Calicut, a seaport of British India, in the province of Malabar, presidency of Madras, situated on the Indian ocean, 100 m. S. W. of Seringapatam, in lat. 11° 15' N., Ion. 75° 50' E.; pop. about 15,000. The harbor is poor; the situation of the town on the open beach, with neither river nor haven, compels large vessels to anchor 2 or 3 m. from shore in 5 or 6 fathoms of water. The houses are built of sun-dried brick and of teak wood, and are thatched or tiled. There are about 4,000 Portuguese in the town, and their quarter has houses of a superior description. The other inhabitants are chiefly Mapillas, English, and Parsees. This port was the first place in India touched by a European navigator, Vasco da Garaa having landed here May 18, 1498. In 1510 the Portuguese were driven away; but in 1513 they were permitted to build a fortified factory. In 1616 the East India company established a British factory. In 1766 Hyder Ali took the town. In 1789 Tippoo Saib destroyed the place, compelling the inhabitants to migrate; but most of them returned after the conquest of the province by the British in 1790. By the treaty of 1792 Calicut was given to the East India company and was incorporated into the British dominions.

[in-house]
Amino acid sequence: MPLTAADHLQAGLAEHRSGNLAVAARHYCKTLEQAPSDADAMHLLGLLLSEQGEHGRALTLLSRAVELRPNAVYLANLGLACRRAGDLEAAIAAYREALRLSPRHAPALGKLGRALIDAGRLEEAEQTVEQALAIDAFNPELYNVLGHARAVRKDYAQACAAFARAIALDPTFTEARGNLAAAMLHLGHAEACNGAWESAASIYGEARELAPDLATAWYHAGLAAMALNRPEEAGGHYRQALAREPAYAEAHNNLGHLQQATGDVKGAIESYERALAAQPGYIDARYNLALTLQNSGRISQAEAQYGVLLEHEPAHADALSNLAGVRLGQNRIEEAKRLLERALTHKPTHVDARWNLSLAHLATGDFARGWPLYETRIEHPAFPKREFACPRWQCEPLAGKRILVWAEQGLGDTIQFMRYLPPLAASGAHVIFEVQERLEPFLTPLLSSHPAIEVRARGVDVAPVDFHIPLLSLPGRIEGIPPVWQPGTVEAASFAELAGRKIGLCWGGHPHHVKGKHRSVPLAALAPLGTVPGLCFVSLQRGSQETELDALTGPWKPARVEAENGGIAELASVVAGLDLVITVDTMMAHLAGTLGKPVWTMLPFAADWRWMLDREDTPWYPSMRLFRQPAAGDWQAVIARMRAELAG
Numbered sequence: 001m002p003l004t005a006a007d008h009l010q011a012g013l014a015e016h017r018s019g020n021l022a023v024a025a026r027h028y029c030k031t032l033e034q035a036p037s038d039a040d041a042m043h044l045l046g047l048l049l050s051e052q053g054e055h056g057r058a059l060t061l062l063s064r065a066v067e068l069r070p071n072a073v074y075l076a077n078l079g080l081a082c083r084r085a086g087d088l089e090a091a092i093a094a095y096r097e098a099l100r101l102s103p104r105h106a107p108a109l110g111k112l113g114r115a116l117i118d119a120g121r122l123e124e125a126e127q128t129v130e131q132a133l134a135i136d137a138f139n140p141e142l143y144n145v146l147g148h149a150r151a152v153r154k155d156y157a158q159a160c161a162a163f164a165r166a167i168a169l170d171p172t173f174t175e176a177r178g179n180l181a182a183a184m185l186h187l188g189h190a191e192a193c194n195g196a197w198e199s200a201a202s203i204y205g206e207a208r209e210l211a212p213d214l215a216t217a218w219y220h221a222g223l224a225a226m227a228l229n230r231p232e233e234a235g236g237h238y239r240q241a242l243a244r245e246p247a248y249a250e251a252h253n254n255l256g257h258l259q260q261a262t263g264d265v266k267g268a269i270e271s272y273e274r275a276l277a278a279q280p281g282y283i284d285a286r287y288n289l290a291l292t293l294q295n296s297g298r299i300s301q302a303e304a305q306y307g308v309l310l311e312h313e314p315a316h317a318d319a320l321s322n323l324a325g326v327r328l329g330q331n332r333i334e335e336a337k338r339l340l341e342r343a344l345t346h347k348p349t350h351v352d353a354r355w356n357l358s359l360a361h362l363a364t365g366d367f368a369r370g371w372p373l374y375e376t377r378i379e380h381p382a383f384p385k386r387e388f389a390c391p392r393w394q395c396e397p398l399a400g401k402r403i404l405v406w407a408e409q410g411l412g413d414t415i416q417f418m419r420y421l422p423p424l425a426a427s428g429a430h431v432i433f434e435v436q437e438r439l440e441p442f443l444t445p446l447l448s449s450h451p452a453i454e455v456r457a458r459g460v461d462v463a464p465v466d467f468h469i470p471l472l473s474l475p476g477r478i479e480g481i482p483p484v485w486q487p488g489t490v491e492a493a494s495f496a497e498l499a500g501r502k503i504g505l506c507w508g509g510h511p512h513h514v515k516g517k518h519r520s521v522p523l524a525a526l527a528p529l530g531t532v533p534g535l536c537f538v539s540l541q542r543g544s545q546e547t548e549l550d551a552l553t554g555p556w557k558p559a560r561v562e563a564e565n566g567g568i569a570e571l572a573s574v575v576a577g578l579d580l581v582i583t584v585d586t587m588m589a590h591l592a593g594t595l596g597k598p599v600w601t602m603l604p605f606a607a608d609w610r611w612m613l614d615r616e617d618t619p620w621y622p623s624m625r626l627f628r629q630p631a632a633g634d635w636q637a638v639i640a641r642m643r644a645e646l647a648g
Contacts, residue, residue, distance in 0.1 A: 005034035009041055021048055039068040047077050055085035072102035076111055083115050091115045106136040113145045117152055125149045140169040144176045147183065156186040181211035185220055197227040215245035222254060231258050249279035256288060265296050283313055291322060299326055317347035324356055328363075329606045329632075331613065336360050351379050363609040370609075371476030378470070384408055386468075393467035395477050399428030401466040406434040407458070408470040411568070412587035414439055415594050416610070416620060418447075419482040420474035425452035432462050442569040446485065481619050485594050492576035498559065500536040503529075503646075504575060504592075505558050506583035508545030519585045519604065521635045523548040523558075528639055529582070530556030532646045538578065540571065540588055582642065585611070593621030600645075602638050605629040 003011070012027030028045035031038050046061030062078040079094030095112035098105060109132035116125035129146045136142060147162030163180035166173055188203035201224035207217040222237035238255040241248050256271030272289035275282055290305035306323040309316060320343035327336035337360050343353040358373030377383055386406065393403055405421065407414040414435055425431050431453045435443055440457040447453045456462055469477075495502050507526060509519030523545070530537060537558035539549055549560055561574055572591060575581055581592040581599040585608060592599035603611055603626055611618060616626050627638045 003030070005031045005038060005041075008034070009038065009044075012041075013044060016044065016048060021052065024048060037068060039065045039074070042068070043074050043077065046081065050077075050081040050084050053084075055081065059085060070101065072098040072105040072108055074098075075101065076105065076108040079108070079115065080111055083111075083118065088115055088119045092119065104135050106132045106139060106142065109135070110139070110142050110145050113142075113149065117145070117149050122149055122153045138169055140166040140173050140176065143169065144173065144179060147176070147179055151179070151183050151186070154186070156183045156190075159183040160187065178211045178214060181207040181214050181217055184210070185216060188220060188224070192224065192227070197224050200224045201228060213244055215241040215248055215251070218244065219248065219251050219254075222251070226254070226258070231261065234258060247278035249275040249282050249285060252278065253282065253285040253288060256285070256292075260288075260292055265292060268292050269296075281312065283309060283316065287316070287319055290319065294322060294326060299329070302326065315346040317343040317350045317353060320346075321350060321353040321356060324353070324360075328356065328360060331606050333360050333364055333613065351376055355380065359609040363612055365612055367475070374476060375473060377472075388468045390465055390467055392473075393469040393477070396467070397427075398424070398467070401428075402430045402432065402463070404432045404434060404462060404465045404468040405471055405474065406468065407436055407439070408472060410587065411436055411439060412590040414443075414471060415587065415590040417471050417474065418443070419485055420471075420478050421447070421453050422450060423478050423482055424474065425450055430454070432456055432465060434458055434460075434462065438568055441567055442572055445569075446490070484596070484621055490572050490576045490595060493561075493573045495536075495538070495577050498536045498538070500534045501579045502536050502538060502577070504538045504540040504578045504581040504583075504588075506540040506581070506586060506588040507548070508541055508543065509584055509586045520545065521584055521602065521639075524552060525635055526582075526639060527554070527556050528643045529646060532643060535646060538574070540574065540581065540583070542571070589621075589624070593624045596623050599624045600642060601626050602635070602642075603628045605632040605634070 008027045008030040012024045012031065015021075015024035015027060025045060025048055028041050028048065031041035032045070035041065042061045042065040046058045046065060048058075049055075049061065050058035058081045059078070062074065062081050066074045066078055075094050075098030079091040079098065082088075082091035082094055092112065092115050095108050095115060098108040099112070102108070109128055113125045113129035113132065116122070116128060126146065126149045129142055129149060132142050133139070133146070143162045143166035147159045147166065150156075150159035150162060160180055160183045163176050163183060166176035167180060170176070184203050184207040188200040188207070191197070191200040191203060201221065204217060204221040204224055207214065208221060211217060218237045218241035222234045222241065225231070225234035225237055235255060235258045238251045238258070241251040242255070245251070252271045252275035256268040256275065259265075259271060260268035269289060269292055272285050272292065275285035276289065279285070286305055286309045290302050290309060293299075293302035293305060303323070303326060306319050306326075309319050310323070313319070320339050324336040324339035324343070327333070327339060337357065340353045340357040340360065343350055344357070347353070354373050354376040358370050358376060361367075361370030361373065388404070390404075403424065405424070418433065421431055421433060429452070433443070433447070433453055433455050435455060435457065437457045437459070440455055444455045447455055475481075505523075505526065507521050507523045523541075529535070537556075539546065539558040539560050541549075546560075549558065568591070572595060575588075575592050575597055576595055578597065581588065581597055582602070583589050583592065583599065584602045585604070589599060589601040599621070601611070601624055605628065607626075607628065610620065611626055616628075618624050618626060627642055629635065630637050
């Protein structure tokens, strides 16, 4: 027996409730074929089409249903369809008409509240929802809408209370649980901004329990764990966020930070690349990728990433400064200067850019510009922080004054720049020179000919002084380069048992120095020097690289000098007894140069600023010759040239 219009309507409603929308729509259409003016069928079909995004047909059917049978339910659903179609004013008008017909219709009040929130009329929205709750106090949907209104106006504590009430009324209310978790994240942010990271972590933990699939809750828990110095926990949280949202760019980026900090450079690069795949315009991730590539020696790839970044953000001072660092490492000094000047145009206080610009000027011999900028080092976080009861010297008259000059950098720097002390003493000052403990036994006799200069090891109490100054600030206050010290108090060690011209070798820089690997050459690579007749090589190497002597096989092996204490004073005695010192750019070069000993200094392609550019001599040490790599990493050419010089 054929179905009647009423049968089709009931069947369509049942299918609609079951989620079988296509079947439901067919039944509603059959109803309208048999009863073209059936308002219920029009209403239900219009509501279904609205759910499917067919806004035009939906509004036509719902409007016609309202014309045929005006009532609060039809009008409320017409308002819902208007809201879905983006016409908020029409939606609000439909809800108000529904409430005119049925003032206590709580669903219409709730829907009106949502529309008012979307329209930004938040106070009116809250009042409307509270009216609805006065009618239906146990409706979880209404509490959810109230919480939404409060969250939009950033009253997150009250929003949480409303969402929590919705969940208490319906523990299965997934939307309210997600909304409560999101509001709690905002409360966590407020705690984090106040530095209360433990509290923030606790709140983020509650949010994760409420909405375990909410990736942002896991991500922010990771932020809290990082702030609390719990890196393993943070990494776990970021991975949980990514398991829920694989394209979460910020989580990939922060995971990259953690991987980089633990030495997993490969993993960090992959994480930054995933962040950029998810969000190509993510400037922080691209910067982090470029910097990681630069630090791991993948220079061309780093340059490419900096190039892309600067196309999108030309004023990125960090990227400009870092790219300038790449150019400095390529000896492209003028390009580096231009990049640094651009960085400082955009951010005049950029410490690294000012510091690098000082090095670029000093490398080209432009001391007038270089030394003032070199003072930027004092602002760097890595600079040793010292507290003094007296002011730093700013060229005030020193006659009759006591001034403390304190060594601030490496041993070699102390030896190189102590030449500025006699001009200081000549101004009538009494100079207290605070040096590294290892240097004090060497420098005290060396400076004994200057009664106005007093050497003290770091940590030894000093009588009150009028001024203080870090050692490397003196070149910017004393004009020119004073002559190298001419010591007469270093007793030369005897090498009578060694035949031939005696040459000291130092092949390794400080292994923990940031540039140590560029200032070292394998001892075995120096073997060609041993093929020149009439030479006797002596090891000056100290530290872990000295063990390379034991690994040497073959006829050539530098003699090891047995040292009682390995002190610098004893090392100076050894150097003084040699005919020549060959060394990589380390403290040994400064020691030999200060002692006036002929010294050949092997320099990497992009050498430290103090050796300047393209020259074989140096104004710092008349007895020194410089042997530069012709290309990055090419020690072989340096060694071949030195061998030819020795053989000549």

The chief exports are teak and sandal woods, pepper, cardamoms, ginger, turmeric, wax, and cocoa-nuts.